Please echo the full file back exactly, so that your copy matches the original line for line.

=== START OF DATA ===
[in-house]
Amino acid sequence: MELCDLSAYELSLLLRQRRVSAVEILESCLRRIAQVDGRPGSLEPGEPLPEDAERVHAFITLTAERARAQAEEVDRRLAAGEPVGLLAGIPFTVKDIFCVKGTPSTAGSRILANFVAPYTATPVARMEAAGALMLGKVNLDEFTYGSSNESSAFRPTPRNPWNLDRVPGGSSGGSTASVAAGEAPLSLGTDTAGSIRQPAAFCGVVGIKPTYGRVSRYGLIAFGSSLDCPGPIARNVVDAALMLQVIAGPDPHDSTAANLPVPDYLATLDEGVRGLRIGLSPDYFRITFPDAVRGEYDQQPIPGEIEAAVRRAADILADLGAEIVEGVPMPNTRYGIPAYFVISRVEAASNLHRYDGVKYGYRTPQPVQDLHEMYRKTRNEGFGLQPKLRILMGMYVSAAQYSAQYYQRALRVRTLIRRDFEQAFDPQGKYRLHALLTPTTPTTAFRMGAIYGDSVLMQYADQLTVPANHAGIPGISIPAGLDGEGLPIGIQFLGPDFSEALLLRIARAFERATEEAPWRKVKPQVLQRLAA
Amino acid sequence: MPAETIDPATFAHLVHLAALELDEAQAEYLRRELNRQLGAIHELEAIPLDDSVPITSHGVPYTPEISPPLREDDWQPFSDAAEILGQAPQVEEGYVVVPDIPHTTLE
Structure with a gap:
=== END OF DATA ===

[in-house]
Amino acid sequence: MELCDLSAYELSLLLRQRRVSAVEILESCLRRIAQVDGRPGSLEPGEPLPEDAERVHAFITLTAERARAQAEEVDRRLAAGEPVGLLAGIPFTVKDIFCVKGTPSTAGSRILANFVAPYTATPVARMEAAGALMLGKVNLDEFTYGSSNESSAFRPTPRNPWNLDRVPGGSSGGSTASVAAGEAPLSLGTDTAGSIRQPAAFCGVVGIKPTYGRVSRYGLIAFGSSLDCPGPIARNVVDAALMLQVIAGPDPHDSTAANLPVPDYLATLDEGVRGLRIGLSPDYFRITFPDAVRGEYDQQPIPGEIEAAVRRAADILADLGAEIVEGVPMPNTRYGIPAYFVISRVEAASNLHRYDGVKYGYRTPQPVQDLHEMYRKTRNEGFGLQPKLRILMGMYVSAAQYSAQYYQRALRVRTLIRRDFEQAFDPQGKYRLHALLTPTTPTTAFRMGAIYGDSVLMQYADQLTVPANHAGIPGISIPAGLDGEGLPIGIQFLGPDFSEALLLRIARAFERATEEAPWRKVKPQVLQRLAA
Amino acid sequence: MPAETIDPATFAHLVHLAALELDEAQAEYLRRELNRQLGAIHELEAIPLDDSVPITSHGVPYTPEISPPLREDDWQPFSDAAEILGQAPQVEEGYVVVPDIPHTTLE
Structure with a gap: